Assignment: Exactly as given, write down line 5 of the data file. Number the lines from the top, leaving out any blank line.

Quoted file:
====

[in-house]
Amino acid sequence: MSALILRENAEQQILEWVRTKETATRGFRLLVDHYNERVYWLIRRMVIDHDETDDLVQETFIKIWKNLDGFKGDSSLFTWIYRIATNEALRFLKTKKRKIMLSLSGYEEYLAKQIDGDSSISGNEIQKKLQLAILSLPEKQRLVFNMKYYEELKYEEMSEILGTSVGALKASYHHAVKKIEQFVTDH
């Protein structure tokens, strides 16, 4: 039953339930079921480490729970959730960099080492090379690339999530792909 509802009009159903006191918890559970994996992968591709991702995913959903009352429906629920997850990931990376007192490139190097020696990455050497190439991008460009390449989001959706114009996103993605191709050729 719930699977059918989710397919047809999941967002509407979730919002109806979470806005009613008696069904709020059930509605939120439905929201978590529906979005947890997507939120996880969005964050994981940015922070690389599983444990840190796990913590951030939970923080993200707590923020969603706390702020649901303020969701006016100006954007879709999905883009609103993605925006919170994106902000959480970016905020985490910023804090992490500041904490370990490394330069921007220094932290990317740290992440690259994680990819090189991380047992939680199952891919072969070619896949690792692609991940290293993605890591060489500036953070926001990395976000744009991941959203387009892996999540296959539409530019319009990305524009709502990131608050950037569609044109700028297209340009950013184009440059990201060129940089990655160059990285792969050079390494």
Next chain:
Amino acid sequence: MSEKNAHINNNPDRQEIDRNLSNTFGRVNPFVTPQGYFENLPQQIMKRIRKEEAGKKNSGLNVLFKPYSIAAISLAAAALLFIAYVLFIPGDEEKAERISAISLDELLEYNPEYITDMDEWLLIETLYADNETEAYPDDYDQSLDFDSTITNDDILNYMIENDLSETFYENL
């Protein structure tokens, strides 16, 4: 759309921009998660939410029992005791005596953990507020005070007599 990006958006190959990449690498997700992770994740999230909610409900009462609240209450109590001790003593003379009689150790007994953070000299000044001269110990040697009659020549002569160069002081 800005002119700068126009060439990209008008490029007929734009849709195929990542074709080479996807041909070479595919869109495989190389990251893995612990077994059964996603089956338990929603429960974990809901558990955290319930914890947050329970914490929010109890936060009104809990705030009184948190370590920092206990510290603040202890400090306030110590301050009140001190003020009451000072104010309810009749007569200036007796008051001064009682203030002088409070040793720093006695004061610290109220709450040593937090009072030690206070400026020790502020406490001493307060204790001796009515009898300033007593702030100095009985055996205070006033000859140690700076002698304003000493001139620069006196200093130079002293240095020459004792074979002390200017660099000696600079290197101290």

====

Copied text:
Amino acid sequence: MSEKNAHINNNPDRQEIDRNLSNTFGRVNPFVTPQGYFENLPQQIMKRIRKEEAGKKNSGLNVLFKPYSIAAISLAAAALLFIAYVLFIPGDEEKAERISAISLDELLEYNPEYITDMDEWLLIETLYADNETEAYPDDYDQSLDFDSTITNDDILNYMIENDLSETFYENL